Vale Toby Hemenway

Toby Hemenway, one of the most influential permaculture authors and teachers from North America, passed away earlier this week aged 64.

Toby discovered permaculture in 1990 after a career in genetics and developed a rural permaculture property in southern Oregon with his wife Kiel.

He was editor of Permaculture Activist magazine from 1999 to 2004 and his book Gaia’s Garden: A Guide to Home-Scale Permaculture is credited as being the most successful book about permaculture in the world, having sold more than 250,000 copies.

His 2015 book The Permaculture City: Regenerative Design for Urban, Suburban, and Town Resilience applies permaculture thinking and principles to organising everyday life.

In 2005, Su and I were hosted by Toby in Portland, Oregon during our 6-month teaching and study tour of North America. I remember him as earnest and modest as he maintained a passionate commitment to permaculture ideas as he made the transition from rural self-reliant living to applying permaculture in the city. His move back to urban living was emblematic of the learnings of our generation about the limits to rural self-sufficiency.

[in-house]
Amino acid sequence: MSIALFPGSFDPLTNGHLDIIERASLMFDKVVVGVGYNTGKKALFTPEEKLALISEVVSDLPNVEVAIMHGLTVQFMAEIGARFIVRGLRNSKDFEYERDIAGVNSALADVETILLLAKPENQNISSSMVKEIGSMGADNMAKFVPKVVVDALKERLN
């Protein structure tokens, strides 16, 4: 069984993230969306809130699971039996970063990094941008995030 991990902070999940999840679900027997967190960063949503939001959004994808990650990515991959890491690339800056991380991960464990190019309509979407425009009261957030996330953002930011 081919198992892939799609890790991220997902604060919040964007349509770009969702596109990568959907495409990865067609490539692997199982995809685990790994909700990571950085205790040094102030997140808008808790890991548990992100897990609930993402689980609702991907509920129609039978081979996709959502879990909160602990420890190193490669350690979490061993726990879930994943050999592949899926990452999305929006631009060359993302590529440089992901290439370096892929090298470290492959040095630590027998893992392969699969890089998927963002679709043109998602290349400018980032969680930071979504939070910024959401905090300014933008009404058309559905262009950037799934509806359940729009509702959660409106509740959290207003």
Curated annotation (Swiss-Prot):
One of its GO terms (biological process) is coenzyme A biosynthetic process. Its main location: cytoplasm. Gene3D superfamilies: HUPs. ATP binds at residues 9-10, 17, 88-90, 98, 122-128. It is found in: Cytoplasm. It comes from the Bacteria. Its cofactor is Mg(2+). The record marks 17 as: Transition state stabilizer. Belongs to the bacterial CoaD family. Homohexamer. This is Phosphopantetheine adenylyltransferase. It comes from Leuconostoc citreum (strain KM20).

– David Holmgren, December 2016

Su + Toby in August 2005 on a walking tour of Portland urban permaculture


2 thoughts on “Vale Toby Hemenway”

  1. Pingback: Toby Hemenway, RIP « integral permaculture

  2. Such an important work: working in the cities and suburban areas as it is there where most people live…also working with social structures and beyond the techniques of farming/gardening/growing food and with what we already have: toxic environments and materials that will not go away magically. It is also needed a permaculture approach that considers more realistic settings, such as apartments and truly small houses, debt, etc. Toby’s legacy sits in his clarity to lay out systems thinking and go beyond gardens…hope his passing inspires others to take on his steps and honour his legacy by extending it to all.

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